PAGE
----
For Colossal Order, the Unity Asset Store proved rather useful in speeding up the prototyping phase. “At the very beginning of the project, we evaluated different GUI solutions present at the time,” says programmer Damien Morello. “NGUI and Daikon Forge stood out; it was interesting to see how different people approached implementing a GUI in Unity, as it was one of the most lacking features at the time.”
Ultimately, the experience served, more than anything, as a tool for the team to learn what it wanted instead. “If the package doesn’t do precisely what we need, we’re likely better off implementing our own,” says Morello. “We decided to go for a more minimalist solution that we would be more hands-on with, so we made an in-house framework for this. It was the right choice, since it turns out Unity GUI shipped only a few months before the end of the project, and most of the GUI had been implemented for some time already. We’ve already started to look into the new Unity GUI, and we’re impressed how easy and flexible it is. We’re most looking forward to start using it in our projects – maybe only for the next game, but maybe even for Cities: Skylines with future patches.”
While inspiration comes from across the gaming spectrum – according to Hallikainen, everyone on the team has a subtly different tastes, even in terms of city-building games – she’s been personally totally hooked by the Android puzzle adventure title Best Fiends. As for what she’s learned about achieving a high quality game with a small team and limited resources? Hallikainen’s answer might as well be that of an architect, or perhaps a general contractor: “Quality over quantity,” she says. “We focus on the foundation, and try to manage expectations.”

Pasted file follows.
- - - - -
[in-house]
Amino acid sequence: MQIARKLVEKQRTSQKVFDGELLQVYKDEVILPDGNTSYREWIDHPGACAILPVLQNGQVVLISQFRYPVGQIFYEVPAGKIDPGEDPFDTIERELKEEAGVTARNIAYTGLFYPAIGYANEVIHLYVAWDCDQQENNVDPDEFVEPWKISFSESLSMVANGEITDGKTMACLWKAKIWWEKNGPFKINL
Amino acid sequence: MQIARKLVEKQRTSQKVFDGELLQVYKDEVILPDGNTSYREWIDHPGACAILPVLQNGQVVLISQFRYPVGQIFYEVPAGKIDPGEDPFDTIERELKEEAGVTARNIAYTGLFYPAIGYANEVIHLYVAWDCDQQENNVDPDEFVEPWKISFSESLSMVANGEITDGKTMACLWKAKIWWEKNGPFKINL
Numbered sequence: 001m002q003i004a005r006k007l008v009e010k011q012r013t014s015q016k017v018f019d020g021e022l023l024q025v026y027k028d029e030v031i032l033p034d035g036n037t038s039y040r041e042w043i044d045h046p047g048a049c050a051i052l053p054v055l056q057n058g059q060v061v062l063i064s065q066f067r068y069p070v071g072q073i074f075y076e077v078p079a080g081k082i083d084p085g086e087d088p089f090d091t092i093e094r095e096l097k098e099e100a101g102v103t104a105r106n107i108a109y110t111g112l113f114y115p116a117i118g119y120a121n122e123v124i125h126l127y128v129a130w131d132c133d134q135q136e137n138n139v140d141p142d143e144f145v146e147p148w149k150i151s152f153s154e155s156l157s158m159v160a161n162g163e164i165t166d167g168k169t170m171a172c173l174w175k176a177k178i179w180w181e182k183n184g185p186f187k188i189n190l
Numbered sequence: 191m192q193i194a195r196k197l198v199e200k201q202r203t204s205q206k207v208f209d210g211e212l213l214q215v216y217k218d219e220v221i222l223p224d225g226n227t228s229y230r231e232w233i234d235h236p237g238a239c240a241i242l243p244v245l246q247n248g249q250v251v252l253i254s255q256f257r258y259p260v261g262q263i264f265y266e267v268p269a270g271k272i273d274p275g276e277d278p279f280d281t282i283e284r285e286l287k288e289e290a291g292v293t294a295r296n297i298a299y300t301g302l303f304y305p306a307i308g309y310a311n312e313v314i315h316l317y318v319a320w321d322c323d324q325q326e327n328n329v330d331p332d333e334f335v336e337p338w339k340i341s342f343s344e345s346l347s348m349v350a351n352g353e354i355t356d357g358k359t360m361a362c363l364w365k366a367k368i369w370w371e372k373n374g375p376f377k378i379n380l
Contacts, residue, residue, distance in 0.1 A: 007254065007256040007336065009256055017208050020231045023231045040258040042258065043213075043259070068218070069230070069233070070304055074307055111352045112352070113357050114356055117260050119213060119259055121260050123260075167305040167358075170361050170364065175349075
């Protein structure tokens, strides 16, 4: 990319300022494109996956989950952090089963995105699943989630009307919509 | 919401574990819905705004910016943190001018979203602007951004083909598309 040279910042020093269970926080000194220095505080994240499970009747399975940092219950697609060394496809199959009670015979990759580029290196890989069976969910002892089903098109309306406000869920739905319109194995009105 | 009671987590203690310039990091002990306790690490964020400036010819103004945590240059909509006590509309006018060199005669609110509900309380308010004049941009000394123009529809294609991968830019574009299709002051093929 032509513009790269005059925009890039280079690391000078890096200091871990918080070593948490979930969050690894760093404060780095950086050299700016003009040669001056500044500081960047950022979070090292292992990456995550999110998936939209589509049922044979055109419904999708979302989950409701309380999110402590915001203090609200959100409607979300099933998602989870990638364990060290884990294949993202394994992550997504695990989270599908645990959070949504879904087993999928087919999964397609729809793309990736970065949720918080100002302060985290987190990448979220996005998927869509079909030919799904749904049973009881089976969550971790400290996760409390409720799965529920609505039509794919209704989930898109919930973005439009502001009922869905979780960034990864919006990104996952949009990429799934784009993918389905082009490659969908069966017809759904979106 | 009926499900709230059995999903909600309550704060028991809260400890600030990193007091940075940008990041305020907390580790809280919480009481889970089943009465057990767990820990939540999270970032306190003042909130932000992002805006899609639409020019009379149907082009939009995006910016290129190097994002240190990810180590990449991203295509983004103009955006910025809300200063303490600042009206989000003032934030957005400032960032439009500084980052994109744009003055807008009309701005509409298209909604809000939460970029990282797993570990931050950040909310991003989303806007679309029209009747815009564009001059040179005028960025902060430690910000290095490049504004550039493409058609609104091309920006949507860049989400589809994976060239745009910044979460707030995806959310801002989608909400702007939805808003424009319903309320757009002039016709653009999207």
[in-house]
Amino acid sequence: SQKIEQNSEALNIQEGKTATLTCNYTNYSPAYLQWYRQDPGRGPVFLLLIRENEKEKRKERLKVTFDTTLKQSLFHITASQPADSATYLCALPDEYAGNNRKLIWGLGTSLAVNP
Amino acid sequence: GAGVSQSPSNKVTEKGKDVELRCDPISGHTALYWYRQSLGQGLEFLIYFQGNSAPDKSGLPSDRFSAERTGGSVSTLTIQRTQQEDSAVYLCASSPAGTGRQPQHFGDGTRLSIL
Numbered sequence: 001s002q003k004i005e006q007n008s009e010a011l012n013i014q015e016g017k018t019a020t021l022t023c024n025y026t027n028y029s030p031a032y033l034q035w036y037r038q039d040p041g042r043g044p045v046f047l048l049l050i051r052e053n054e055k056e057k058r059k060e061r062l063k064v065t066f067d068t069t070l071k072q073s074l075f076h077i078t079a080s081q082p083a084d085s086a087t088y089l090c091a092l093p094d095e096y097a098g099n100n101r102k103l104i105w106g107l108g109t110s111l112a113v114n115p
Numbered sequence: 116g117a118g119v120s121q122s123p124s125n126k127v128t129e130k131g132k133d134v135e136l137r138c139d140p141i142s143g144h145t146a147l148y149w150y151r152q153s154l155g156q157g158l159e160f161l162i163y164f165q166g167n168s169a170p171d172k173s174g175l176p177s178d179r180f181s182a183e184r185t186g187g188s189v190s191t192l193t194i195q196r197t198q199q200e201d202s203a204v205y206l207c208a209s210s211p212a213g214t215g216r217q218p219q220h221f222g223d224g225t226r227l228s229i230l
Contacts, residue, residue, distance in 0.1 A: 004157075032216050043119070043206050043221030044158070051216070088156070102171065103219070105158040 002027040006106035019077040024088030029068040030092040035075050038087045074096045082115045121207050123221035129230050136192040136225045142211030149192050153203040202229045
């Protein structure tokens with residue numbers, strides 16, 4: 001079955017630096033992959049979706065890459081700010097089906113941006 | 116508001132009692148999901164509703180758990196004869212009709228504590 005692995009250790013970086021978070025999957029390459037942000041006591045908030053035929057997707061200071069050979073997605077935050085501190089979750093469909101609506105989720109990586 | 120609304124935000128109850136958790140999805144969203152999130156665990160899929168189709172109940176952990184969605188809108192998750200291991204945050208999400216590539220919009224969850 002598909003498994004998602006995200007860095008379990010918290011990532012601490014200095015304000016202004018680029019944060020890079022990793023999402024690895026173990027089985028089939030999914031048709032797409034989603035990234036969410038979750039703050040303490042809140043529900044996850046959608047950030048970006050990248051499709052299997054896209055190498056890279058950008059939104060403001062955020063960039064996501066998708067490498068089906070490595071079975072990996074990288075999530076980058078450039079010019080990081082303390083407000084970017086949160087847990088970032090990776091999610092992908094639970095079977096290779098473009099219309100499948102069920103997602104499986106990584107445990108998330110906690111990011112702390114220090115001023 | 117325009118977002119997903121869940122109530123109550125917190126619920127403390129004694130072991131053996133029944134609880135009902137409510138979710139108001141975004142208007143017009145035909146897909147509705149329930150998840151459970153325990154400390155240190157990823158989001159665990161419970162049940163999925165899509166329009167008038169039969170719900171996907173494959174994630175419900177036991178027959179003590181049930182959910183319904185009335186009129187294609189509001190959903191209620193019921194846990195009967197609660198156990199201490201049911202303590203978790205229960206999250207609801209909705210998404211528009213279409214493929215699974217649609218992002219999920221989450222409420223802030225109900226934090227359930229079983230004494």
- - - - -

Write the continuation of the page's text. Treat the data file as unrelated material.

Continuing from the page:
Cities: Skylines is currently available for Windows, Mac, and Linux.
Despite the fact that Colossal Order’s Cities: Skylines was brought to Unity 5 at a relatively late stage of development, the team is hooked on the new features the new release brings with it. “We’re excited about the new features in Unity 5, which help us to bring something new to the game – even after the release,” says programmer Damien Morello.
The Frame Debugger was something the developers were been looking forward for quite some time, for instance. “We had used PIX in the past to verify our rendering worked somewhat as expected; but while it did the job, the integration of the frame debugger in the Unity Editor allows unprecedented iteration time to identify (and fix) a problem with our rendering, built on top of Unity's rendering pipeline,” he says. (Morello cites the common example of when LOD batching performs unexpectedly.) “The new control provided over native plug-ins and additional assemblies also helped us to clean up our project structure, since it’s now possible to ‘tag’ their platform and architecture.”
For example, the ability to optimize game objects for skeletal mesh rigs has been a boon to development, and is currently getting much use. “In the future, we’re impatient to look into the new deferred renderer and the Global Illumination capabilities,” says Morello. He points that while the team would have loved to have integrated it already, but it came too close to the end of their development cycle. “We chose to stick to the light prepass, since it is doing a very good job already. Still, we’re quite confident using those in our project will take the graphics to the next step.”